Evolving Pediatric Cerebral Arteriopathy On Neuroimaging
- *Corresponding Author:
- Mubeen F Rafay
Section of Neurology
Department of Pediatrics and Child Health
University of Manitoba
AE308 – 820 Sherbrook St
Winnipeg, MB R3A 1R9, Canada
E-mail: [email protected]
Received date: December 30, 2015 Accepted date: February 11, 2016 Published date: February 18, 2016
Citation: Rafay MF, Leung ECW, Bunge M, Iancuc D, Strong JE (2016) Evolving Pediatric Cerebral Arteriopathy on Neuroimaging. J Pediatr Neurol Med 1:105. doi:10.4172/2472-100X.1000105
Copyright: © 2016 Rafay M F, et al. This is an open-access article distributed under the terms of the Creative Commons Attribution License, which permits unrestricted use, distribution, and reproduction in any medium, provided the original author and source are credited.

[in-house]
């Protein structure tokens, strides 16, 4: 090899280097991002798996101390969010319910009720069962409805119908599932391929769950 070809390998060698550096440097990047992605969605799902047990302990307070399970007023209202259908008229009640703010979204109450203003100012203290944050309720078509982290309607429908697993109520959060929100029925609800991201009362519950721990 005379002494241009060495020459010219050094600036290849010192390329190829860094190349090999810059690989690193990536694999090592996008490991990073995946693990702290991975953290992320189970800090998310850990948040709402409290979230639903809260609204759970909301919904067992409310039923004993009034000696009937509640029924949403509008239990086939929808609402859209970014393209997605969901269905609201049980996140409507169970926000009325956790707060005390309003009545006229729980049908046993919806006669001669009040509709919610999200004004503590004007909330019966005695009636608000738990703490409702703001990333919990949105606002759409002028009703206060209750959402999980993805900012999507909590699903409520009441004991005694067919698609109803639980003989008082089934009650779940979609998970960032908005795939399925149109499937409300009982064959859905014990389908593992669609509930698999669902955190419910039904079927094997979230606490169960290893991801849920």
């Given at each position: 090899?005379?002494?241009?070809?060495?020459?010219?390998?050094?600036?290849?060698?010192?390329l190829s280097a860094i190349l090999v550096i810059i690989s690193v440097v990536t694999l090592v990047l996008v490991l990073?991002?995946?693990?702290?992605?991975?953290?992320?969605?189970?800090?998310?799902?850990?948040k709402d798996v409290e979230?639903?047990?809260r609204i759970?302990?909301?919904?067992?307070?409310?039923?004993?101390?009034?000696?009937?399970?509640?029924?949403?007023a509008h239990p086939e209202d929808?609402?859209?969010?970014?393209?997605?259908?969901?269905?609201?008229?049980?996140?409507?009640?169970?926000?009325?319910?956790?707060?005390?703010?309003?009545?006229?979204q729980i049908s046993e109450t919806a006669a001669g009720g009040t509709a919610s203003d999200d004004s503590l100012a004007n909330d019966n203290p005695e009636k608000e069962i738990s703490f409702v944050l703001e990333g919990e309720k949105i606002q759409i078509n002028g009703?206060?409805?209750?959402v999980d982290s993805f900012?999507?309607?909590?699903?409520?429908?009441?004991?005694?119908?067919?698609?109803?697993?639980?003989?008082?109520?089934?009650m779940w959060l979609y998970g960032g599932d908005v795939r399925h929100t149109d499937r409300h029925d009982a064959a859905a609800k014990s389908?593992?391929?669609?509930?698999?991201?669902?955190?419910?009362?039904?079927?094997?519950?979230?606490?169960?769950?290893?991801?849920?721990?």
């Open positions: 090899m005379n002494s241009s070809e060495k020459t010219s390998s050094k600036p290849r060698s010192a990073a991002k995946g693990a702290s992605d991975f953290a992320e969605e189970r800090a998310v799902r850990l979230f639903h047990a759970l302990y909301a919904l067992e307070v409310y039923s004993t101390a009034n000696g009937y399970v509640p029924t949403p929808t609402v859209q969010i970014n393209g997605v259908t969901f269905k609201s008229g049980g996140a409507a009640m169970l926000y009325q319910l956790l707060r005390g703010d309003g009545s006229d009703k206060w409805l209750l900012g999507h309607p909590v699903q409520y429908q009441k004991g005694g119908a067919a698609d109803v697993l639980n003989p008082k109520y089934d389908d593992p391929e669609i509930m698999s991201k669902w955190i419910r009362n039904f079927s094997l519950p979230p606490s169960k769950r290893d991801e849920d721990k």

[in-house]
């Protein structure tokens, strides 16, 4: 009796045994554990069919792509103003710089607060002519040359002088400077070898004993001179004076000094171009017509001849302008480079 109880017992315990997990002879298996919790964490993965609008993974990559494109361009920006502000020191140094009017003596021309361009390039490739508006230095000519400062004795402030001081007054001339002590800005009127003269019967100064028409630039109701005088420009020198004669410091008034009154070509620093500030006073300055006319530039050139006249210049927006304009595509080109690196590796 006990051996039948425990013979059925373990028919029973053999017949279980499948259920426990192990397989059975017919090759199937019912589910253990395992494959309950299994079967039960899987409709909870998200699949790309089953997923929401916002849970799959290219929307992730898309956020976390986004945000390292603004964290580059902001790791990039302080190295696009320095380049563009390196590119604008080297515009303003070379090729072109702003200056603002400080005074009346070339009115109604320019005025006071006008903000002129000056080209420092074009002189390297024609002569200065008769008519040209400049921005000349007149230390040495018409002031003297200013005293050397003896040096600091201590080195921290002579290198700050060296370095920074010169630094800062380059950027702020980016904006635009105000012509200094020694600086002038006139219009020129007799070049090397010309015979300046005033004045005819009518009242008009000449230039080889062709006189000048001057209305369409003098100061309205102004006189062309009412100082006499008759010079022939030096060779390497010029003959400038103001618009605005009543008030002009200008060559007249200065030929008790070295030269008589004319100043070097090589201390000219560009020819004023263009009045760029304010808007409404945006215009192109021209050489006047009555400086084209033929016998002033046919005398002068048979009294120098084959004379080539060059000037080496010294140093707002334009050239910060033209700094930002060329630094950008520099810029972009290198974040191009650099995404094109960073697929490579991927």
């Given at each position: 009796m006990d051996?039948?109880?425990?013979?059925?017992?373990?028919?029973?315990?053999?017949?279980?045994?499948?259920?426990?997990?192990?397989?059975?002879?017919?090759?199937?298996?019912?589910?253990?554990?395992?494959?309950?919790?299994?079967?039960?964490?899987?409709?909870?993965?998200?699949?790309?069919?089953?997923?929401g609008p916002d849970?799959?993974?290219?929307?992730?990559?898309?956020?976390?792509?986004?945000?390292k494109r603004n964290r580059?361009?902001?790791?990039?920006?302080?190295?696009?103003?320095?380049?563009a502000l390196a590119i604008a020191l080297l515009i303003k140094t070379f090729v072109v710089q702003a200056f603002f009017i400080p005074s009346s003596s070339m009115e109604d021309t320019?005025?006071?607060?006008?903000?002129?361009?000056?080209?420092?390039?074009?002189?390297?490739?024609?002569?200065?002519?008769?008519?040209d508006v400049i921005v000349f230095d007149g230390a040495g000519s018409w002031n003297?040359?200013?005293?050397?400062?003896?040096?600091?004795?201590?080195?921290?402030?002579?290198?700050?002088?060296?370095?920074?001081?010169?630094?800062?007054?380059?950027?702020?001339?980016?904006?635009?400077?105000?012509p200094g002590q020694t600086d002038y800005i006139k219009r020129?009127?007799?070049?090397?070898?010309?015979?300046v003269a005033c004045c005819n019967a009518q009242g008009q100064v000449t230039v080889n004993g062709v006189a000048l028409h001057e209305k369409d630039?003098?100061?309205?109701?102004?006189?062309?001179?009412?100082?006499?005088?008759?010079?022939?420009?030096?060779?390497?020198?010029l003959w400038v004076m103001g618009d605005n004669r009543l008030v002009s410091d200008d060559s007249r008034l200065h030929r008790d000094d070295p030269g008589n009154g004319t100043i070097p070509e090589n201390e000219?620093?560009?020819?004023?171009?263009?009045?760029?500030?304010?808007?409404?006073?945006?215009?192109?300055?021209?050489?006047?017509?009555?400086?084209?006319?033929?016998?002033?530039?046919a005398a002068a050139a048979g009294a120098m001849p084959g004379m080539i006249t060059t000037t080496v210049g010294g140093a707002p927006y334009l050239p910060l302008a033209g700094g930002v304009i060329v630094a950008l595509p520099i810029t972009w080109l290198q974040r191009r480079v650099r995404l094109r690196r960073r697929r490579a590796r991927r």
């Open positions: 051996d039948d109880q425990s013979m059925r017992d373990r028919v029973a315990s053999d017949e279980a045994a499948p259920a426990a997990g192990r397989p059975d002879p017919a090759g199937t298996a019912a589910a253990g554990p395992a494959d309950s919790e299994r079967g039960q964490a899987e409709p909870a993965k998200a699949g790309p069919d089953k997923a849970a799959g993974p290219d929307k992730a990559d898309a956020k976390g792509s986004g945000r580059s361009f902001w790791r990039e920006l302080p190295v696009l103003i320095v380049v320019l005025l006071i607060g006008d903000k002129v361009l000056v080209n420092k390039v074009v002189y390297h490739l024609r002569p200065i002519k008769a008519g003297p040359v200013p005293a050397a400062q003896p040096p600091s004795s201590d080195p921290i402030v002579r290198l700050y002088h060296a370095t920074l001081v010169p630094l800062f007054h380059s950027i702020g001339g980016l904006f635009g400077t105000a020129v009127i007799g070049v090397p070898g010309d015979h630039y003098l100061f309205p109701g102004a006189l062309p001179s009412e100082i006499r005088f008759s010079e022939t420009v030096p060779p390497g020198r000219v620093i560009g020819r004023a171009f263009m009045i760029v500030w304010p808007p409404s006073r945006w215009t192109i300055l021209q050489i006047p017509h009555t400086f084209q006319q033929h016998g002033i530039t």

Background: Progressive cerebral arteriopathies are not an uncommon cause of ischemic stroke in children. The clinical and radiological distinction between various cerebral arteriopathies remains a challenge and topic of controversy for physicians. Methods: We report an 11-year-old girl who presented with a left subcortical ischemic stroke. Results: An 11-year-old girl presented with a progressive right hemiparesis. Her neuroimaging showed diffusion restriction and T2 signal abnormalities in the left basal ganglia with normal magnetic resonance and CT angiography. Subsequent MRA and cerebral catheter angiography at 9 days post-stroke revealed medium and large vessel stenoses of bilateral distal anterior cerebral arteries, proximal and distal segment of left middle cerebral artery, and distal left internal cerebral artery. Conclusion: This case demonstrates the uncertainties and challenges related to ischemic stroke due to cerebral arteriopathies and the importance of early evaluation with cerebral catheter angiogram with unidentified ischemic stroke etiology and normal initial non-invasive angiography.